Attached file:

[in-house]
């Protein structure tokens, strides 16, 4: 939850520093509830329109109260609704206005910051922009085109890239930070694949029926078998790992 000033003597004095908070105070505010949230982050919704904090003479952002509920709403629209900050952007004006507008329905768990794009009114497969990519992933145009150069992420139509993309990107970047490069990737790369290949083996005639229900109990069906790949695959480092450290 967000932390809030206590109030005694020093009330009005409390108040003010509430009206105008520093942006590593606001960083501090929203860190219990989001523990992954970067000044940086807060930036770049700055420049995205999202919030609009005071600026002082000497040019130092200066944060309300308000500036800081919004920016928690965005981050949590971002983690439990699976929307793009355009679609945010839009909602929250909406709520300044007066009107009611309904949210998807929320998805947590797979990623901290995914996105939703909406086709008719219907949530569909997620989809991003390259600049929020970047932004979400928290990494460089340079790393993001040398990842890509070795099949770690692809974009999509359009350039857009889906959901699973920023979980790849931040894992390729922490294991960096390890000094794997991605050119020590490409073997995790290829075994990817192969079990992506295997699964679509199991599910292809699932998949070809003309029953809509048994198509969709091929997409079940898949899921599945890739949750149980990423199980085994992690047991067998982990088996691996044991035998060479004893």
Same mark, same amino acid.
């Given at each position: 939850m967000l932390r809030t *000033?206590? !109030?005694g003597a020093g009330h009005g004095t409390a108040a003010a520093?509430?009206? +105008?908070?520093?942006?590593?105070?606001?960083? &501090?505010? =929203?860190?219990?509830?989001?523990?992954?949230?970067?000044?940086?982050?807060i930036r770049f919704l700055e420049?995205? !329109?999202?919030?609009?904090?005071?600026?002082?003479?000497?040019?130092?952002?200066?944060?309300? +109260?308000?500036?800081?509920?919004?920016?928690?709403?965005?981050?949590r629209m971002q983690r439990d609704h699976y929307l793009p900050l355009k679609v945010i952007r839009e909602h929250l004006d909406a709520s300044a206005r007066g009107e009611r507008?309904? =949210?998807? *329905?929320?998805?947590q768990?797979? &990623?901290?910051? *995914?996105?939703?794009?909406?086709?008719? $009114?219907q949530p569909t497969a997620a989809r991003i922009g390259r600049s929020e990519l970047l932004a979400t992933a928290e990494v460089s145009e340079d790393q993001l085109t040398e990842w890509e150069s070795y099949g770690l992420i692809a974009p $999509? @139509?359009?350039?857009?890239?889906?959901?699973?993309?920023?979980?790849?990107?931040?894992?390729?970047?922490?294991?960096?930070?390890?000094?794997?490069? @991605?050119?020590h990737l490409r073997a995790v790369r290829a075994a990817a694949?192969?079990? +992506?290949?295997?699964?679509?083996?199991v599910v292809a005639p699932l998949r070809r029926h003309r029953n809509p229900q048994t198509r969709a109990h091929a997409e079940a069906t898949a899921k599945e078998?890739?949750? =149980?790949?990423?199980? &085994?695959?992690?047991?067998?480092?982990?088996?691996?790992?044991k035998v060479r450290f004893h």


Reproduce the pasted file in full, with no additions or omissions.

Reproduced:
[in-house]
């Protein structure tokens, strides 16, 4: 939850520093509830329109109260609704206005910051922009085109890239930070694949029926078998790992 000033003597004095908070105070505010949230982050919704904090003479952002509920709403629209900050952007004006507008329905768990794009009114497969990519992933145009150069992420139509993309990107970047490069990737790369290949083996005639229900109990069906790949695959480092450290 967000932390809030206590109030005694020093009330009005409390108040003010509430009206105008520093942006590593606001960083501090929203860190219990989001523990992954970067000044940086807060930036770049700055420049995205999202919030609009005071600026002082000497040019130092200066944060309300308000500036800081919004920016928690965005981050949590971002983690439990699976929307793009355009679609945010839009909602929250909406709520300044007066009107009611309904949210998807929320998805947590797979990623901290995914996105939703909406086709008719219907949530569909997620989809991003390259600049929020970047932004979400928290990494460089340079790393993001040398990842890509070795099949770690692809974009999509359009350039857009889906959901699973920023979980790849931040894992390729922490294991960096390890000094794997991605050119020590490409073997995790290829075994990817192969079990992506295997699964679509199991599910292809699932998949070809003309029953809509048994198509969709091929997409079940898949899921599945890739949750149980990423199980085994992690047991067998982990088996691996044991035998060479004893």
Same mark, same amino acid.
């Given at each position: 939850m967000l932390r809030t *000033?206590? !109030?005694g003597a020093g009330h009005g004095t409390a108040a003010a520093?509430?009206? +105008?908070?520093?942006?590593?105070?606001?960083? &501090?505010? =929203?860190?219990?509830?989001?523990?992954?949230?970067?000044?940086?982050?807060i930036r770049f919704l700055e420049?995205? !329109?999202?919030?609009?904090?005071?600026?002082?003479?000497?040019?130092?952002?200066?944060?309300? +109260?308000?500036?800081?509920?919004?920016?928690?709403?965005?981050?949590r629209m971002q983690r439990d609704h699976y929307l793009p900050l355009k679609v945010i952007r839009e909602h929250l004006d909406a709520s300044a206005r007066g009107e009611r507008?309904? =949210?998807? *329905?929320?998805?947590q768990?797979? &990623?901290?910051? *995914?996105?939703?794009?909406?086709?008719? $009114?219907q949530p569909t497969a997620a989809r991003i922009g390259r600049s929020e990519l970047l932004a979400t992933a928290e990494v460089s145009e340079d790393q993001l085109t040398e990842w890509e150069s070795y099949g770690l992420i692809a974009p $999509? @139509?359009?350039?857009?890239?889906?959901?699973?993309?920023?979980?790849?990107?931040?894992?390729?970047?922490?294991?960096?930070?390890?000094?794997?490069? @991605?050119?020590h990737l490409r073997a995790v790369r290829a075994a990817a694949?192969?079990? +992506?290949?295997?699964?679509?083996?199991v599910v292809a005639p699932l998949r070809r029926h003309r029953n809509p229900q048994t198509r969709a109990h091929a997409e079940a069906t898949a899921k599945e078998?890739?949750? =149980?790949?990423?199980? &085994?695959?992690?047991?067998?480092?982990?088996?691996?790992?044991k035998v060479r450290f004893h």